Treatment of myofascial shoulder pain in the spinal cord injured population using static magnetic fields: A case series

Andre Panagos, Mark Jensen, Diana D. Cardenas

Research output: Contribution to journalArticle

12 Scopus citations


Objective: Magnetic therapy has been used in the treatment of a wide variety of chronic pain syndromes. It has not been studied in the treatment of myofascial shoulder pain in persons with spinal cord injury (SCI). Because this type of pain is commonly refractory to traditional therapy, alternative treatments often are considered. The primary objective is to determine whether myofascial shoulder pain in persons with SCI can be temporarily ameliorated with static magnetic fields. Design: Case series. Setting: Clinic of a university hospital system. Participants: A volunteer sample of 8 participants with SCI; 3 women, 5 men; mean age = 45 years; mean duration of injury = 12.3 years. Interventions: Placement of a commercially available magnet with a static magnetic field of 500 gauss on the affected shoulder for 1 hour. Main Outcome Measures: Pretreatment and posttreatment scores on the short-form McGill Pain Questionnaire and pressure algometry were compared. Results: The short-form McGill Pain Questionnaire descriptors demonstrated significant decreases: stabbing, 0.75 ± 0.71 (P < 0.02); sharp, 0.50 ± 0.53 (P < 0.033); and tender, 0.88 ± 0.83 (P < 0.021). They also demonstrated a significant decrease in the present pain intensity of 0.63 ± 0.52 (P < 0.011). Participants demonstrated a nonsignificant decrease of 0.813 ± 0.998 (P < 0.55) on the visual analog scale. Pressure algometry was nonsignificant with a difference of 0.062 ± 1.17 (P < 0.885). Conclusion: Static magnetic fields may decrease the sensory dimensions and intensity of myofascial shoulder pain in persons with SCI.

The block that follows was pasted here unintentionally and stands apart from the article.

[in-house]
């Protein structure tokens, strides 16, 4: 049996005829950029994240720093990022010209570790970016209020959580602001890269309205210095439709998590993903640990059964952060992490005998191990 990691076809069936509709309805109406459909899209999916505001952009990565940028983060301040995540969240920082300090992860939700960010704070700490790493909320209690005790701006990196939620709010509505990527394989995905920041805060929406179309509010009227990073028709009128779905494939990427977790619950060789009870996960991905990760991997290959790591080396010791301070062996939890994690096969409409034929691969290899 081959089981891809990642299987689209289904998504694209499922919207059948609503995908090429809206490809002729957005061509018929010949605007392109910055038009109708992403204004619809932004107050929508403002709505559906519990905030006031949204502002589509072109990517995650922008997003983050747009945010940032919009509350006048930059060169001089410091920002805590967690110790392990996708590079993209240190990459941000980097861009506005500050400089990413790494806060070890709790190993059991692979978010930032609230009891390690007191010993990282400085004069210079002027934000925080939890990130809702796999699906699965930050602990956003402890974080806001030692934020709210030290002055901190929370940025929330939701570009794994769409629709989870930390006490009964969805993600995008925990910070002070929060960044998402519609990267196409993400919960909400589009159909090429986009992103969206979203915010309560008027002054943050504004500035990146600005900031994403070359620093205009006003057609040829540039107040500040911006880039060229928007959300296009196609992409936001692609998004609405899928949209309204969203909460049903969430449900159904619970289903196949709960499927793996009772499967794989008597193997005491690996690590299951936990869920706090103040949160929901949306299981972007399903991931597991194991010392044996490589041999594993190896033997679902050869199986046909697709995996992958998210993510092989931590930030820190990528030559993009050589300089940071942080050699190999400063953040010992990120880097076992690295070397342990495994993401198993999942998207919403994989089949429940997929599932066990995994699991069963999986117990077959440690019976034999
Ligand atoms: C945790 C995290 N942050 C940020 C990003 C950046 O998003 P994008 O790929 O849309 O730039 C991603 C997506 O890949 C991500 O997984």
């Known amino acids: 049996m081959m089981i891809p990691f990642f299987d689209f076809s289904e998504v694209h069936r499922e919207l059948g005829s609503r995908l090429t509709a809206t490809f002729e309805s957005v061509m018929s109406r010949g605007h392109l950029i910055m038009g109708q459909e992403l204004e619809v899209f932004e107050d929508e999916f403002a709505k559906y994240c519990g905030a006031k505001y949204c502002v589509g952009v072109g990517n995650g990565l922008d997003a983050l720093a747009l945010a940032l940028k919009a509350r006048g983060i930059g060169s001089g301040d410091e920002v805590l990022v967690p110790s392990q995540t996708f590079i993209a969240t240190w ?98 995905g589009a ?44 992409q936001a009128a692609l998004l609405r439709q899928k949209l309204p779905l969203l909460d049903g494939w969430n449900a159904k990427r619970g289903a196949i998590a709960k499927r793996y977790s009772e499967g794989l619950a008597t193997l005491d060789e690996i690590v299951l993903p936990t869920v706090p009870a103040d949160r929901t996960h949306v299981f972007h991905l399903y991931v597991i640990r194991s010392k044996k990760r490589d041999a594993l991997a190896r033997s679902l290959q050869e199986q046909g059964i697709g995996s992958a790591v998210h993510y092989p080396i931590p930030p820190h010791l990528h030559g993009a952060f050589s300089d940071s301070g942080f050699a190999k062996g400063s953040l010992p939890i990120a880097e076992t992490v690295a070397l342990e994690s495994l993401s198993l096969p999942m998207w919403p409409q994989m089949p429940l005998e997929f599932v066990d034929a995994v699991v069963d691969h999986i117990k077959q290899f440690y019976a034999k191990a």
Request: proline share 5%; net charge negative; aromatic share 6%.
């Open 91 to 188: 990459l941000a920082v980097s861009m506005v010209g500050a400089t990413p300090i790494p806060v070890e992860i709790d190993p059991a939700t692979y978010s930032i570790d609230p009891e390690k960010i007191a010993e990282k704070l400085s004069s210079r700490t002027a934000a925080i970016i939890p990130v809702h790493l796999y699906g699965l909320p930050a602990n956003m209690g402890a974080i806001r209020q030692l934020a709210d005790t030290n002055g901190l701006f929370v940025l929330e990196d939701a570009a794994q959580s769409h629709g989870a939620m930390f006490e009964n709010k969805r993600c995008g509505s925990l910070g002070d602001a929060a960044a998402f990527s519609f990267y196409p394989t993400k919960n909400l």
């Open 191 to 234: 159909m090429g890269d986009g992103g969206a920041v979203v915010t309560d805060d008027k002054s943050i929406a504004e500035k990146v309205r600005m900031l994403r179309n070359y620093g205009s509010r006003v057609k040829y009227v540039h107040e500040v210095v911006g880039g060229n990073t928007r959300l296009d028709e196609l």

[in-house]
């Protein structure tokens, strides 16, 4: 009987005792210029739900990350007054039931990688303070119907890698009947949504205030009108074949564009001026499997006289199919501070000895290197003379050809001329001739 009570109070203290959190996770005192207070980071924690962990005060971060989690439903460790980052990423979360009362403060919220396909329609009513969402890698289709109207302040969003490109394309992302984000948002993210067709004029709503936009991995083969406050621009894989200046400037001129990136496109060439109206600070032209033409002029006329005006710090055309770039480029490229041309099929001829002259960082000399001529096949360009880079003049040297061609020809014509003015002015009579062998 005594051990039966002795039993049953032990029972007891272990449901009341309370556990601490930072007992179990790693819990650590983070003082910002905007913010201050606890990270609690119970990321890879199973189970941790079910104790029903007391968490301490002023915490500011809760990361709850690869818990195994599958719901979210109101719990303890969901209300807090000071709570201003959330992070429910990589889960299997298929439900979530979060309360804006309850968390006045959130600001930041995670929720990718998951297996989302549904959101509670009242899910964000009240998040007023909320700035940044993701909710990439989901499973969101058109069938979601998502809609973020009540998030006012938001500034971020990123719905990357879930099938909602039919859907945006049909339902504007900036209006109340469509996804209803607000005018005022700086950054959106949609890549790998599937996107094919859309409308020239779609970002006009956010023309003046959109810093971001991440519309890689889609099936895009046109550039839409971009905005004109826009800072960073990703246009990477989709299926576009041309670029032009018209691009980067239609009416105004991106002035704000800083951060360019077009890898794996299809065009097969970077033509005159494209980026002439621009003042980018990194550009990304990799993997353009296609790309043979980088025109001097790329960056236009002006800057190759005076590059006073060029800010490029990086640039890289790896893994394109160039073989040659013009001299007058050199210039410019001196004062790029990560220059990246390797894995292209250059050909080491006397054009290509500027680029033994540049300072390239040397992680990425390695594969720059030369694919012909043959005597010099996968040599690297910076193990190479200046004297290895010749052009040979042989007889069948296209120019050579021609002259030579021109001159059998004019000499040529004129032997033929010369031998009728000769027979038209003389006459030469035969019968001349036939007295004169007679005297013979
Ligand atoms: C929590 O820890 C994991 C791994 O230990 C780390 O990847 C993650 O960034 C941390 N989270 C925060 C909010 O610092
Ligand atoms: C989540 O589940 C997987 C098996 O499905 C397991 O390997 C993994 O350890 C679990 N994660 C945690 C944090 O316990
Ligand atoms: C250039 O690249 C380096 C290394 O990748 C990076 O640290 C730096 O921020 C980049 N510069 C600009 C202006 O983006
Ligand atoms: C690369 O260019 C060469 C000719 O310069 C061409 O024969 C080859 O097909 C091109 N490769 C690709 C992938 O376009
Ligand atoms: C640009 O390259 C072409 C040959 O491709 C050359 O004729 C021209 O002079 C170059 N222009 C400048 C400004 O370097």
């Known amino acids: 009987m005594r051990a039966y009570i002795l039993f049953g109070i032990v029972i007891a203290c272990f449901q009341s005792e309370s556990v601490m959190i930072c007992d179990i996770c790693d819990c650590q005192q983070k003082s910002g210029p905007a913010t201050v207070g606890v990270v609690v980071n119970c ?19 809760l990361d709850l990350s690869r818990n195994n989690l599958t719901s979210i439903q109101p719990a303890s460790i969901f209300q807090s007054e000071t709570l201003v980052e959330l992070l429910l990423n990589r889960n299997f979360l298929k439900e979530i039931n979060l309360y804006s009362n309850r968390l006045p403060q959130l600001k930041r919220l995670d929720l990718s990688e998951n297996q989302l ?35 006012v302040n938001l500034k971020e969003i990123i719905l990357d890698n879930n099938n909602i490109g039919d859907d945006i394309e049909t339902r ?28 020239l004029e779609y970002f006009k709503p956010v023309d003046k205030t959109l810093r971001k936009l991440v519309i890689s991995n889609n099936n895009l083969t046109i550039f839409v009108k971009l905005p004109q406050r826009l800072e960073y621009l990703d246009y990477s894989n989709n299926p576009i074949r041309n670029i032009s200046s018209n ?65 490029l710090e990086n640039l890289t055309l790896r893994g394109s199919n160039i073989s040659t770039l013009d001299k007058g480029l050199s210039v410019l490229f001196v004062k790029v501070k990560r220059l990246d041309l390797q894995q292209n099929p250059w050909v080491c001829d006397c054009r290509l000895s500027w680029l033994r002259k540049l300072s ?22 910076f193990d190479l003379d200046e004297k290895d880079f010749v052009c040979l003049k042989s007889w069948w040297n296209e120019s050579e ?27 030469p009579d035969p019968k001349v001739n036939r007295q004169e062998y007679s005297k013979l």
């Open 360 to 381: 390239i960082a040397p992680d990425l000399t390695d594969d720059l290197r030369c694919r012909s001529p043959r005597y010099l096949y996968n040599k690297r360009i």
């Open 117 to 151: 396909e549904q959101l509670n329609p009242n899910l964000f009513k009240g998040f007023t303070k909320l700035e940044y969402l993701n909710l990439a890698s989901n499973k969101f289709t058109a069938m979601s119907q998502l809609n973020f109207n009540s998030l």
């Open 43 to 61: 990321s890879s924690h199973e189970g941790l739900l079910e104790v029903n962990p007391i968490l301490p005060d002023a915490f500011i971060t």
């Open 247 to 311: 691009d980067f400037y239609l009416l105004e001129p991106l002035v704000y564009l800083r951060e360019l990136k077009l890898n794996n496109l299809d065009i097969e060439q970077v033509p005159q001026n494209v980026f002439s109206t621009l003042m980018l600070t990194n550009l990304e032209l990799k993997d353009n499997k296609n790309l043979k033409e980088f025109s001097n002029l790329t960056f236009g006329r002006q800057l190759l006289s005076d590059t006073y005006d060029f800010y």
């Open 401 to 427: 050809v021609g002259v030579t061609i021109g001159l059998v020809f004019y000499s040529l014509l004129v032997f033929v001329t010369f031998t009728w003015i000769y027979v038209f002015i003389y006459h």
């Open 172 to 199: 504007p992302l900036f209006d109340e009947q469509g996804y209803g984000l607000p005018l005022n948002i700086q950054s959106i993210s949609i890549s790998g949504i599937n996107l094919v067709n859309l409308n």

Original languageEnglish (US)
Pages (from-to)138-142
Number of pages5
JournalJournal of Spinal Cord Medicine
Issue number2
StatePublished - Jan 1 2004



  • Electromagnetic fields
  • Magnetic therapy
  • Myofascial pain
  • Paraplegia
  • Rehabilitation
  • Spinal cord injuries
  • Tetraplegia

ASJC Scopus subject areas

  • Clinical Neurology

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